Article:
James Brandon Lewis is a saxophonist and composer who earned his Bachelors from Howard University, and Master of Fine Arts degree from California Institute of the Arts. Ebony Magazine hailed James as one of seven jazz musicians to watch in today's scene. His second Critically acclaimed Album Divine Travels was released by the historic imprint Okeh Records via Sony and features William Parker, Gerald Cleaver, and poet Thomas Sayers Ellis. Soon to be released Days of FreeMan is a retrospective album that picks up where Divine Travels ended, further exploring the identity of saxophonist James Brandon Lewis. It features Jamaaladeen Tacuma on bass, Rudy Royston on Drums, guest rapper Supernatural, and sound designer High Priest AKA Hprizm.
Ailish Hopper is the author of Dark~Sky Society (2014), selected by David St. John as runner up for the New Issues prize, and the chapbook Bird in the Head (2005), selected by Jean Valentine for the Center for Book Arts Prize. Individual poems have appeared in Agni, APR, Blackbird, Harvard Review Online, Ploughshares, Poetry, Tidal Basin Review, and other places. Her essays on art and literature that deal with race and racism have appeared in Boston Review, The Volta, and the anthology A Sense of Regard: Essays on Poetry and Race. She has received support from the Baltimore Commission for the Arts and Humanities, the MacDowell Colony, Maryland State Arts Council, and Yaddo. She teaches at Goucher College.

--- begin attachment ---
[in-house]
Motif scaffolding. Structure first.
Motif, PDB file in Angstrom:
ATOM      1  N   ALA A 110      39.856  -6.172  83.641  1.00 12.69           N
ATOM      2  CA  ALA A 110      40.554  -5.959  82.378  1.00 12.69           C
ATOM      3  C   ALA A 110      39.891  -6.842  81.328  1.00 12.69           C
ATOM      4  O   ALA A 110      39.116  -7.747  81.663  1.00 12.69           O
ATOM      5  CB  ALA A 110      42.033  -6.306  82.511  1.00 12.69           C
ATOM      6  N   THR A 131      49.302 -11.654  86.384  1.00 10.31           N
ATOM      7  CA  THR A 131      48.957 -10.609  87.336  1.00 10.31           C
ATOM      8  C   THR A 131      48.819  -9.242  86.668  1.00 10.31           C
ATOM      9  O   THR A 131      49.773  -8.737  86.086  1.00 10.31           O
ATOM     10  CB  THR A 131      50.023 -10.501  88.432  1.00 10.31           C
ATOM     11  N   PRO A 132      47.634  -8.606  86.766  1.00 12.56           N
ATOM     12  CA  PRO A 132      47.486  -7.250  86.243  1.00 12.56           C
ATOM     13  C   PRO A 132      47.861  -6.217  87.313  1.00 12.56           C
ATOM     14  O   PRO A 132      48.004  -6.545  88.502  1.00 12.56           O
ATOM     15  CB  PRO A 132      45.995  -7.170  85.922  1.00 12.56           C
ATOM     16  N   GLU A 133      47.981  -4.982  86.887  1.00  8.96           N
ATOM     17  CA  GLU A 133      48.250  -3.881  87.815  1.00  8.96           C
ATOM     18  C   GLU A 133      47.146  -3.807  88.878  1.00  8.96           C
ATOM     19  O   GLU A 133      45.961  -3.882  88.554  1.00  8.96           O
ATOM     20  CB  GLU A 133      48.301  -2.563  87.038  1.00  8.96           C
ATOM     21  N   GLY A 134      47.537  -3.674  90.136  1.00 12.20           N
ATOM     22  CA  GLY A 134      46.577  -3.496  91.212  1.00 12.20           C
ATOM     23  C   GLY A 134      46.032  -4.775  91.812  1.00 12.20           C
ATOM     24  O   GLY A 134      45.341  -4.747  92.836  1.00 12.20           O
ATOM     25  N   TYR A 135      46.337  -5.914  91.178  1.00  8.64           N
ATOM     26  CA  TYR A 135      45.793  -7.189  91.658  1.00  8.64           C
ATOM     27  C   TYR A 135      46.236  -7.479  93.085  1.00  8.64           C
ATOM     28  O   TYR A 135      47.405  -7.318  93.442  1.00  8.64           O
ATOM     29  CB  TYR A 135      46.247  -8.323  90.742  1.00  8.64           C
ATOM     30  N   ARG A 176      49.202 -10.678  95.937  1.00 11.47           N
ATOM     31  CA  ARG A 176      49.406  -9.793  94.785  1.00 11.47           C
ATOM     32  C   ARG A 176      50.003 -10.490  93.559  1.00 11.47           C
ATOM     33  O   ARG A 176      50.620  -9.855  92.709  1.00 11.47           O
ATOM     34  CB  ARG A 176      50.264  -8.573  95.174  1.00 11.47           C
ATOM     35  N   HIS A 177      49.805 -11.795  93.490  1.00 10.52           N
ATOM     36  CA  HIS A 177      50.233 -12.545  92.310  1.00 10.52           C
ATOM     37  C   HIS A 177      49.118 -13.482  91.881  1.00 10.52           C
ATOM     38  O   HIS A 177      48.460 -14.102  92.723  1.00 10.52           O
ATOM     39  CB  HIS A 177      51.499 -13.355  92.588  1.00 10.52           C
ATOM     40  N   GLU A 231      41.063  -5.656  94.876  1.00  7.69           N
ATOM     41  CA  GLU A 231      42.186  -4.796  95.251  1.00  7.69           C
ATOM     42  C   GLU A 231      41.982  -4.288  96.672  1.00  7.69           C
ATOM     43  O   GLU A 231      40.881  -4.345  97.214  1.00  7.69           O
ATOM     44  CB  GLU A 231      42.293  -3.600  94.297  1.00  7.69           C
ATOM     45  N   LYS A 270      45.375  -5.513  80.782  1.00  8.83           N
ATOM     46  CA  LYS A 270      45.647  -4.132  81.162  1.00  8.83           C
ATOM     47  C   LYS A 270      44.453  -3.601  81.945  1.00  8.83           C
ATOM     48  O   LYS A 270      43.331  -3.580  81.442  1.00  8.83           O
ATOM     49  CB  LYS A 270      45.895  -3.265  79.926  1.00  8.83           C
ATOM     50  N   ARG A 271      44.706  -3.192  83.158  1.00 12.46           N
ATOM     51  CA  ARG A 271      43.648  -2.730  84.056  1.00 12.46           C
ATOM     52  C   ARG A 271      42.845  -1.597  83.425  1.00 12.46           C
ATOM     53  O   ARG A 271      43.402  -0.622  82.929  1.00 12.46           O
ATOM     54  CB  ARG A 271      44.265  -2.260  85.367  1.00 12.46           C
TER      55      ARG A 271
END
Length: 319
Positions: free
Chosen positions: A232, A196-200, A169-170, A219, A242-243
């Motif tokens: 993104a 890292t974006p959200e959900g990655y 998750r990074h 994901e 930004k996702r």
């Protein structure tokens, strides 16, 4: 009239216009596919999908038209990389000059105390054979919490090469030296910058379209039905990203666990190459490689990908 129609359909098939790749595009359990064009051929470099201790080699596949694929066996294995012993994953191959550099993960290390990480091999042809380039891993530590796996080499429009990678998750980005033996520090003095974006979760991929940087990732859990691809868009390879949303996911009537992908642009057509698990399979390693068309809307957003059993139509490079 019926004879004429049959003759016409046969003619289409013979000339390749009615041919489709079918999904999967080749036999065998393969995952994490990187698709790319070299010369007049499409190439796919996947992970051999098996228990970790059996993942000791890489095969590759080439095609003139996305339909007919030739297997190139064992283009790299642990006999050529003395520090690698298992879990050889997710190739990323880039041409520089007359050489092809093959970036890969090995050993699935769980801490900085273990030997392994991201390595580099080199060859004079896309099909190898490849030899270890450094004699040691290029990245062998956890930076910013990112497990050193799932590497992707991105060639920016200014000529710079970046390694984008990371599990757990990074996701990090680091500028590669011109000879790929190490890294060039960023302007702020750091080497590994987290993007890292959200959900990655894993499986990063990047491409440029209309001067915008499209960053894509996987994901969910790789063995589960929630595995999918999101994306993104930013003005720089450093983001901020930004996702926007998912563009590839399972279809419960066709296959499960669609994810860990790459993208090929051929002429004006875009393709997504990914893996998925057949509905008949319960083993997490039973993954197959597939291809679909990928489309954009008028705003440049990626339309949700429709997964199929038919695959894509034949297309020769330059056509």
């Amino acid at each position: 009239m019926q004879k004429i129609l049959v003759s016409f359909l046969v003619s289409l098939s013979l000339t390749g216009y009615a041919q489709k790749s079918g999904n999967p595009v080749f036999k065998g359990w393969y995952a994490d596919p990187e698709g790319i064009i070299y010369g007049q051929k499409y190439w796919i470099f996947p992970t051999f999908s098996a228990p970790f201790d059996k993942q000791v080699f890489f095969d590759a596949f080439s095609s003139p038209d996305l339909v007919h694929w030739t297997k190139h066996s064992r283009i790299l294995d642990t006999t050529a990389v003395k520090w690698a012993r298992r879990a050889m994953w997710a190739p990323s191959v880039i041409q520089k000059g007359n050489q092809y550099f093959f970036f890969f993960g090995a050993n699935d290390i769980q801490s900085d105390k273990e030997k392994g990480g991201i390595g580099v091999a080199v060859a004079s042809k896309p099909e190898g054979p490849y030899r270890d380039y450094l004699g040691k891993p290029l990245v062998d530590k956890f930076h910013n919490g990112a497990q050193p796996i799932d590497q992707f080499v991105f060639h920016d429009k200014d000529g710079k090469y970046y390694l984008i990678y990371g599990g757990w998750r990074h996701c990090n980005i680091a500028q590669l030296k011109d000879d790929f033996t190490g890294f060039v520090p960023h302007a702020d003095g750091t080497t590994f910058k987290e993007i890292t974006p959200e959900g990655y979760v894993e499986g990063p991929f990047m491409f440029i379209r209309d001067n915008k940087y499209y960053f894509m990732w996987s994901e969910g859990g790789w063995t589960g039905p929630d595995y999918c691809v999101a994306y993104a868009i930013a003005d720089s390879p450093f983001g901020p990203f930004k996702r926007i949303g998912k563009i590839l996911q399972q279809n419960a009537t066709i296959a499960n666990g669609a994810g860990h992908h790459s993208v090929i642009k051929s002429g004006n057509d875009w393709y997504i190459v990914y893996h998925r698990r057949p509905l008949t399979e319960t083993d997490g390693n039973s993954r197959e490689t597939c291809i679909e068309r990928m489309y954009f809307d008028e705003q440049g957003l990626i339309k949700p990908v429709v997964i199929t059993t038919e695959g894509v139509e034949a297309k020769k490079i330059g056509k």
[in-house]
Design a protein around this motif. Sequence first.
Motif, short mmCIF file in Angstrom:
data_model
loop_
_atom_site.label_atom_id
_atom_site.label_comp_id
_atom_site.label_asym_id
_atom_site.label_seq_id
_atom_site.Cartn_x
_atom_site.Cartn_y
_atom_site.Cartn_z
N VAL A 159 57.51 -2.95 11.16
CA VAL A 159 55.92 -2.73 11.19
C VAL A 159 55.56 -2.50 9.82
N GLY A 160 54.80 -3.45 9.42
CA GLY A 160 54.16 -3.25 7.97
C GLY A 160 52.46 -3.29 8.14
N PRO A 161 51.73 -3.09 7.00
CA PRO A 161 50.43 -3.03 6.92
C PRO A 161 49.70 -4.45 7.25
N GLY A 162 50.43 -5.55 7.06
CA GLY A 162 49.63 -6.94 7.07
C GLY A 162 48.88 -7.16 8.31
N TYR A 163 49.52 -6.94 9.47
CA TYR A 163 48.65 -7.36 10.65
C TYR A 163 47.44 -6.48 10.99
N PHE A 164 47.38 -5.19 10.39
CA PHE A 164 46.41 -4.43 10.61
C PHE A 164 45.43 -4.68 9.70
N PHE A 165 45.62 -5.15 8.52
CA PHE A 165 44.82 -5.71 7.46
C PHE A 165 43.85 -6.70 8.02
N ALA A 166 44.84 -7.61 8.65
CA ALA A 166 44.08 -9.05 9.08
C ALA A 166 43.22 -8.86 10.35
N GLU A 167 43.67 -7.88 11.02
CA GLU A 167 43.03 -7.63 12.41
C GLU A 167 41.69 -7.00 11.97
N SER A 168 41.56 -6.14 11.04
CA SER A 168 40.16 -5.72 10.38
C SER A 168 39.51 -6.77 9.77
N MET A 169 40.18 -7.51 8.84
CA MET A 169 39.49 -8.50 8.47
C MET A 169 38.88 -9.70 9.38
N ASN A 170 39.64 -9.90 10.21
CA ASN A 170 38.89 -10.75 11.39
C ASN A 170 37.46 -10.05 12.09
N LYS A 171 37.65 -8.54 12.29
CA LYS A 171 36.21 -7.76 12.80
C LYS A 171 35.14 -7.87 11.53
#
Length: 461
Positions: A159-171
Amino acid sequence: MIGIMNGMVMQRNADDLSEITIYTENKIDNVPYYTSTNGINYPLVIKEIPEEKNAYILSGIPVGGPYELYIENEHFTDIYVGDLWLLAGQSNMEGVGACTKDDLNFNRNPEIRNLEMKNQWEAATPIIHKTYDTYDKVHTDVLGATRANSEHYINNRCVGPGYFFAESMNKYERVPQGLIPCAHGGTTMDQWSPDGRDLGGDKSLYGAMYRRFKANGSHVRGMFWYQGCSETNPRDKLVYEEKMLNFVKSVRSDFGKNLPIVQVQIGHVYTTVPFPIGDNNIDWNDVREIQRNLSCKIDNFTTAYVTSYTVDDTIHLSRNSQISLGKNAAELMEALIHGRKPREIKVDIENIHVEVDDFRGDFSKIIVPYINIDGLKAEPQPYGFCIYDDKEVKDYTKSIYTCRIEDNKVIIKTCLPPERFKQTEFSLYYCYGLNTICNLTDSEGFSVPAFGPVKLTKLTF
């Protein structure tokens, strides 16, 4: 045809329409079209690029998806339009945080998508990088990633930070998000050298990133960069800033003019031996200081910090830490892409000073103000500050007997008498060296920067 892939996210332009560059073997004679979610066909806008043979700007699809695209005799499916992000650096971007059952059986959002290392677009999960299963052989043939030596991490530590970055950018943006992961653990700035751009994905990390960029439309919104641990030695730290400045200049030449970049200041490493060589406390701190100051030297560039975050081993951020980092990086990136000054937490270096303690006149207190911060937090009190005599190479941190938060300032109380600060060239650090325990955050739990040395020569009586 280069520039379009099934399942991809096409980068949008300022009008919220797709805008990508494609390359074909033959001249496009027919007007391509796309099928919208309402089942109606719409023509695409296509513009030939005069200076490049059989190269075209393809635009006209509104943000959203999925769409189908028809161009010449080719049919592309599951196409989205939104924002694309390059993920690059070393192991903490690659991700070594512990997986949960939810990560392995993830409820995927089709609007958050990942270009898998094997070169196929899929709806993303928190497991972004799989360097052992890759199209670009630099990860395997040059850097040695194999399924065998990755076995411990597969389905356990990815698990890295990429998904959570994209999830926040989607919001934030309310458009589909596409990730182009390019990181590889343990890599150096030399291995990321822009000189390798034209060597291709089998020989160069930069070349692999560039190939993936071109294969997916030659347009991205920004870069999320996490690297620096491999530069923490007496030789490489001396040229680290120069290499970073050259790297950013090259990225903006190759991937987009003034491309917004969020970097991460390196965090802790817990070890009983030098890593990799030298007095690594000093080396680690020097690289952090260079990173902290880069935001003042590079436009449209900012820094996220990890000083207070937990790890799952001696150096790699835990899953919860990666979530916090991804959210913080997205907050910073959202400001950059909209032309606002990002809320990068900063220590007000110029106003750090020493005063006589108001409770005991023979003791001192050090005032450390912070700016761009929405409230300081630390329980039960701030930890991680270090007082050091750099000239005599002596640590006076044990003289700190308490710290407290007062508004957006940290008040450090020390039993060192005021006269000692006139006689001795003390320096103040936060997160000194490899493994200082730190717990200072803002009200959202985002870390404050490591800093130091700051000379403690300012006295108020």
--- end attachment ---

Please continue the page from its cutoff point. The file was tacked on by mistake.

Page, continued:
Jen Fitzgerald is a poet, essayist, and a native New Yorker who received her MFA in Poetry at Lesley University. She is a community activist and freelance writer and host of New Books in Poetry Podcast. She is a member of New York Writers Workshop, was a Bread Loaf 2014 Conference attendee and teaches for LitReactor. Her first collection of poetry, The Art of Work is forthcoming with Noemi Press in 2016. Her work has been featured on PBS Newshour and Harriet: The Poetry Foundation Blog and in Tin House, Salon, PEN Anthology, and AAWW: Open City, among others. She is at work on her memoir.